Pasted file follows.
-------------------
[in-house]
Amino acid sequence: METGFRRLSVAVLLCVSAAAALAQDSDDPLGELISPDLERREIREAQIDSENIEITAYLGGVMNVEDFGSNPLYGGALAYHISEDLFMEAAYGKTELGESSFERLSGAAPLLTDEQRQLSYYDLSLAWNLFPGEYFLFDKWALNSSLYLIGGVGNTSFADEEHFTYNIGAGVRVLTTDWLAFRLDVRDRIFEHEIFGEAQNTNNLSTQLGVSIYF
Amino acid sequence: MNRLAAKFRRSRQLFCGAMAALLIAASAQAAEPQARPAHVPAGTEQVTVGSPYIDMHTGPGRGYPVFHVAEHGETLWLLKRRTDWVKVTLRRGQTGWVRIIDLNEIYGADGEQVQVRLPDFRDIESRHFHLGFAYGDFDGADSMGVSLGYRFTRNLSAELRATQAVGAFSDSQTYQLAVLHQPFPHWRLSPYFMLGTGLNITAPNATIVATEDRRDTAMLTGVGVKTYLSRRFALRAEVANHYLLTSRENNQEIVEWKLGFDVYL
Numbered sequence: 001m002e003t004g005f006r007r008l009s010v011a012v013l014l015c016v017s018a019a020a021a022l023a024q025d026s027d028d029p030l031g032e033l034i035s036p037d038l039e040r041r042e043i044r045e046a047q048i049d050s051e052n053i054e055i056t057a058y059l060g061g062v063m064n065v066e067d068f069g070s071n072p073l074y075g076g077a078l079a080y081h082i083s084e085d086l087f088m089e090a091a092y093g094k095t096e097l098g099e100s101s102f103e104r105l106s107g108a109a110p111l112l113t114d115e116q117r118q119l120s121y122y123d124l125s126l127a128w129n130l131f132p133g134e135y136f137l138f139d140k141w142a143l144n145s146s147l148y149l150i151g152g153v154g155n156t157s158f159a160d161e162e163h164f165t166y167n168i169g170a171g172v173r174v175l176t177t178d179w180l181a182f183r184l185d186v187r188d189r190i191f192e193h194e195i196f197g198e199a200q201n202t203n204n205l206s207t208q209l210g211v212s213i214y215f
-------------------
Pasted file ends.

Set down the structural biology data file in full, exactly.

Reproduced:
[in-house]
Amino acid sequence: METGFRRLSVAVLLCVSAAAALAQDSDDPLGELISPDLERREIREAQIDSENIEITAYLGGVMNVEDFGSNPLYGGALAYHISEDLFMEAAYGKTELGESSFERLSGAAPLLTDEQRQLSYYDLSLAWNLFPGEYFLFDKWALNSSLYLIGGVGNTSFADEEHFTYNIGAGVRVLTTDWLAFRLDVRDRIFEHEIFGEAQNTNNLSTQLGVSIYF
Amino acid sequence: MNRLAAKFRRSRQLFCGAMAALLIAASAQAAEPQARPAHVPAGTEQVTVGSPYIDMHTGPGRGYPVFHVAEHGETLWLLKRRTDWVKVTLRRGQTGWVRIIDLNEIYGADGEQVQVRLPDFRDIESRHFHLGFAYGDFDGADSMGVSLGYRFTRNLSAELRATQAVGAFSDSQTYQLAVLHQPFPHWRLSPYFMLGTGLNITAPNATIVATEDRRDTAMLTGVGVKTYLSRRFALRAEVANHYLLTSRENNQEIVEWKLGFDVYL
Numbered sequence: 001m002e003t004g005f006r007r008l009s010v011a012v013l014l015c016v017s018a019a020a021a022l023a024q025d026s027d028d029p030l031g032e033l034i035s036p037d038l039e040r041r042e043i044r045e046a047q048i049d050s051e052n053i054e055i056t057a058y059l060g061g062v063m064n065v066e067d068f069g070s071n072p073l074y075g076g077a078l079a080y081h082i083s084e085d086l087f088m089e090a091a092y093g094k095t096e097l098g099e100s101s102f103e104r105l106s107g108a109a110p111l112l113t114d115e116q117r118q119l120s121y122y123d124l125s126l127a128w129n130l131f132p133g134e135y136f137l138f139d140k141w142a143l144n145s146s147l148y149l150i151g152g153v154g155n156t157s158f159a160d161e162e163h164f165t166y167n168i169g170a171g172v173r174v175l176t177t178d179w180l181a182f183r184l185d186v187r188d189r190i191f192e193h194e195i196f197g198e199a200q201n202t203n204n205l206s207t208q209l210g211v212s213i214y215f